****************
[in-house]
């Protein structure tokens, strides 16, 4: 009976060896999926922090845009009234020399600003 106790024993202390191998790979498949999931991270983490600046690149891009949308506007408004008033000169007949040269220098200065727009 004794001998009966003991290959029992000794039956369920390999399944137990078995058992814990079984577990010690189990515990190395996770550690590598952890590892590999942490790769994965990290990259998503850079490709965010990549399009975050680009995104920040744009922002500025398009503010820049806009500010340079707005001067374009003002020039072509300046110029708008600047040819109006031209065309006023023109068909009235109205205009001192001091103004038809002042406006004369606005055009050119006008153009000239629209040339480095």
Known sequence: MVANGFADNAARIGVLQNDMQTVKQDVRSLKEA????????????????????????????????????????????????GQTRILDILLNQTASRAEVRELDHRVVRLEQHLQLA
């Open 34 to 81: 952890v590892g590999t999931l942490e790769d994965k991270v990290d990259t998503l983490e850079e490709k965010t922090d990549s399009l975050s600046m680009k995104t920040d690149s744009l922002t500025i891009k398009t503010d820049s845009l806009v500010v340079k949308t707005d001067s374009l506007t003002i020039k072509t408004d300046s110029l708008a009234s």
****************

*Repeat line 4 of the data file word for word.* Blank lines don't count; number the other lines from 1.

């Open 34 to 81: 952890v590892g590999t999931l942490e790769d994965k991270v990290d990259t998503l983490e850079e490709k965010t922090d990549s399009l975050s600046m680009k995104t920040d690149s744009l922002t500025i891009k398009t503010d820049s845009l806009v500010v340079k949308t707005d001067s374009l506007t003002i020039k072509t408004d300046s110029l708008a009234s």